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Top Story:  OECD predicts dire consequences of the coronavirus.

Views expressed in this geopolitical news summary are those of the reporters and correspondents.

Content supplied by "Top of The World"-- a cooperative effort from PBX, WGBH (Boston), National Public Radio (NPR), and the BBC in London.

Accessed on 10 June 2020, 2025 UTC, Post 280.

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Thanks for joining us today.

Until next time,
Russ Roberts
https://www.hawaiigeopoliticalnews.com
https://hawaiiintelligencedaily.com

Top of The World

In the news today 

OECD predicts worst non-wartime recession in 100 years

A man wearing a protective face mask walks past the London Stock Exchange Group building as investors fear that the coronavirus outbreak could stall the global economy, in London, Britain.
Credit: Toby Melville/Reuters
The Organization for Economic Cooperation and Development warned of dire economic consequences of the novel coronavirus Wednesday — the pandemic looks to cause the worst recession in a century, outside of wartime.
European countries hit hard by the health consequences of the pandemic are predicted to feel the sharpest economic contractions — the UK is predicted to bear the brunt, with a 11.5% slump in gross domestic product. The US could see growth contract by 7.3% — more if there is a second wave of the virus. Emerging economies, like Brazil, will also be severely impacted.
“The recovery will be slow and the crisis will have long-lasting effects, disproportionately affecting the most vulnerable people,” according to the OECD. 
Global supply chain disruptions have also impacted the illegal drug trade. The price of the coca leaf — a natural stimulant and the building block for cocaine — has fallen by up to 73% in some regions of South America. The pandemic could radically change the landscape of the illicit drug trade in a way drug wars have not, analysts say.

What The World is following

As of midnight Wednesday, Britain will have passed an energy milestone, going two months without burning coal to generate electricity. The drop in the use of fossil fuels is predicted to continue as renewable energy sources look to outpace fossil fuels this year. 
Burundi's President Pierre Nkurunziza, known for "ruthless repressions," has died of a heart attack at 55, according to officials. But there is speculation his death may be linked to COVID-19. In Sweden, prosecutors are closing the case on the 1986 assassination of Prime Minister Olof Palme.  
On the air for more than three decades, the US television show "Cops" has been pulled by Paramount. Critics have long pointed to the show's "complicity in abuse" and problematic portrayals. HBO Max has dropped the 1939 film "Gone With the Wind" from its platform for racist content, saying it will return with an accompanying "discussion of its historical context."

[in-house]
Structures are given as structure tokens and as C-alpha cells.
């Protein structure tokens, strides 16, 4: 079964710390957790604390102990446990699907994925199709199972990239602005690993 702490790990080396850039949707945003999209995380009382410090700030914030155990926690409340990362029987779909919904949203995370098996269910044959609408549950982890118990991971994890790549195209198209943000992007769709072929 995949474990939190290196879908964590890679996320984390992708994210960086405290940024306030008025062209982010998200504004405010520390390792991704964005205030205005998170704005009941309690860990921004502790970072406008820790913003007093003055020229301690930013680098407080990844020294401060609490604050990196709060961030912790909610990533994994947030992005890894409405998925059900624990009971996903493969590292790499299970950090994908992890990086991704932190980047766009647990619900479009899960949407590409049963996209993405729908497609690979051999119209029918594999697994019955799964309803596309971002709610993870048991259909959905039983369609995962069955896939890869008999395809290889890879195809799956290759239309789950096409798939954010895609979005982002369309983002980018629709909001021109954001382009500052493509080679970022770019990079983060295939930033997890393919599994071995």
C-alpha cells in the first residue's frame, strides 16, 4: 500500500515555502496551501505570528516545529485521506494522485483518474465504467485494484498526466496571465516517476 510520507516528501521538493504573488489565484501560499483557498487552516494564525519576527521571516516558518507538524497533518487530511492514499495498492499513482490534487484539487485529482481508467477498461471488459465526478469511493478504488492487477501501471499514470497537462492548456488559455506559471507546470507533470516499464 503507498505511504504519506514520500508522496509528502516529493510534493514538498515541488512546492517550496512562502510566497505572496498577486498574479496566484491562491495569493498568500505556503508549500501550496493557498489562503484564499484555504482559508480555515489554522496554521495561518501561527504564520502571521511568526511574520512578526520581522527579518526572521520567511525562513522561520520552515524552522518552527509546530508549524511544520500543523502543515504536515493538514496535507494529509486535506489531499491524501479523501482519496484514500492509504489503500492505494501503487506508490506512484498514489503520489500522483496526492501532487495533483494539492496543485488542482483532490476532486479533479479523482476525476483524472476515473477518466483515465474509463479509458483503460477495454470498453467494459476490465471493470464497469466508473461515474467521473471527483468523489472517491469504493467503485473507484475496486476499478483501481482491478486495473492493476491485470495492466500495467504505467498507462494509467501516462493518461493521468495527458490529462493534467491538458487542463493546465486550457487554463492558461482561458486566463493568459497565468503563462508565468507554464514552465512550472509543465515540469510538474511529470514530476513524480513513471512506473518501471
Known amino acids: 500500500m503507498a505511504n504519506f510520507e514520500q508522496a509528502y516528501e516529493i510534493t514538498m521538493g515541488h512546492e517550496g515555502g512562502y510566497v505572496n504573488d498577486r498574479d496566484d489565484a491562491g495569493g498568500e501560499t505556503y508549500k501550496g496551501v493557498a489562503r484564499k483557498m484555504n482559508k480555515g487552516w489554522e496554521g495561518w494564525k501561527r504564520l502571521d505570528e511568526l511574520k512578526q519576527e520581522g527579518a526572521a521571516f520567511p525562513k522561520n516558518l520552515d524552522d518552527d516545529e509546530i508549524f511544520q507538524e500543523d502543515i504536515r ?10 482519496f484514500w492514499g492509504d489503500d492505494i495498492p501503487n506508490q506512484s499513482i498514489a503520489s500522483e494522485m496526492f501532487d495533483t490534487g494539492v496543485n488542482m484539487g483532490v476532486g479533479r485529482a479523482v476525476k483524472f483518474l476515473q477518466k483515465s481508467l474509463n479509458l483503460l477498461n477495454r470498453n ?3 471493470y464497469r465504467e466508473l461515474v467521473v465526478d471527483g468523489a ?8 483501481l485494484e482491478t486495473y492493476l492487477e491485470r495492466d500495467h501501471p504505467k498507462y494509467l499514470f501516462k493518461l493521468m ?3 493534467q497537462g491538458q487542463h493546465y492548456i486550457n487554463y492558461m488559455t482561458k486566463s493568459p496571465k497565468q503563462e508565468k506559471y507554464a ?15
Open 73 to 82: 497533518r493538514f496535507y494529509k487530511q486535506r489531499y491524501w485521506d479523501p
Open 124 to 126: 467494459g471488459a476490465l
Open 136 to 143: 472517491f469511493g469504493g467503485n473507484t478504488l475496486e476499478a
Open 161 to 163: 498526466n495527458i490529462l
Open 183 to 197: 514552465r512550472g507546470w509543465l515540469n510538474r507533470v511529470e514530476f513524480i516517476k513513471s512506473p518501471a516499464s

From The World 

Teresa Romanowska survived Nazis, Soviets and cancer, but died of COVID-19

Protesters in Seoul, South Korea, rallied in support of the Black Lives Matter Movement on June 6, 2020.
Courtesy of the Lakshmanan family
Many of the victims of COVID-19 are older. And the pandemic is robbing the world of institutional memories of the past.
“I think about that generation of people who lived through the Great Depression, who lived through World War II, who lived through incredibly hard times,” said Indira Lakshmanan, Teresa Romanowska's daughter and senior executive editor at National Geographic who recently profiled her mother for a special edition on the 75th anniversary of the end of World War II.
“We have so much to learn about how they got through it all. About grit, about determination, and about resilience.”

In Georgia, a young Latina reluctantly casts her primary vote for Biden

Leticia Arcila didn’t want to take any chances when it came to casting her vote in the Georgia state primary, Tuesday, June 9.
This year, state officials pushed back the primary twice due to the coronavirus pandemic. Then, they sent absentee ballot request forms to all of the state’s nearly 7 million registered voters.
But Arcila, a 20-year-old, first-generation Mexican American living in Atlanta, insisted on voting in person Tuesday. This year is her first time voting in a presidential election cycle.
Join The World’s Daisy Contreras for a conversation with three of the eight "Every 30 Seconds" journalists focusing on their experiences reaching out to young Latinos for a yearlong reporting project and the lessons they've learned on reporting during the pandemic. You can watch the live Q&A on Wednesday, June 10, at noon Eastern time here.

Milan rolls out plan to open more streets to cyclists and pedestrians

Corso Buenos Aires is Milan’s first street to be transformed as part of a citywide plan to convert 22 miles of roads this summer into bike paths and pedestrian areas.
Credit: Courtesy of @bikeitalia
The Strade Aperte plan, translated as “Open Roads,” is one of the world’s most dramatic examples of how city planners around the world, after COVID-19 lockdowns, are redesigning city streets to be friendlier to pedestrians and cyclists.

Morning focus

Worth 1,000 words: Pablo Albarenga of Uruguay has won the prestigious 2020 Sony World Photography Award. He was named photographer of the year for his series documenting Indigenous communities fighting to preserve their land from deforestation and agri-business.
A screengrab from Twitter

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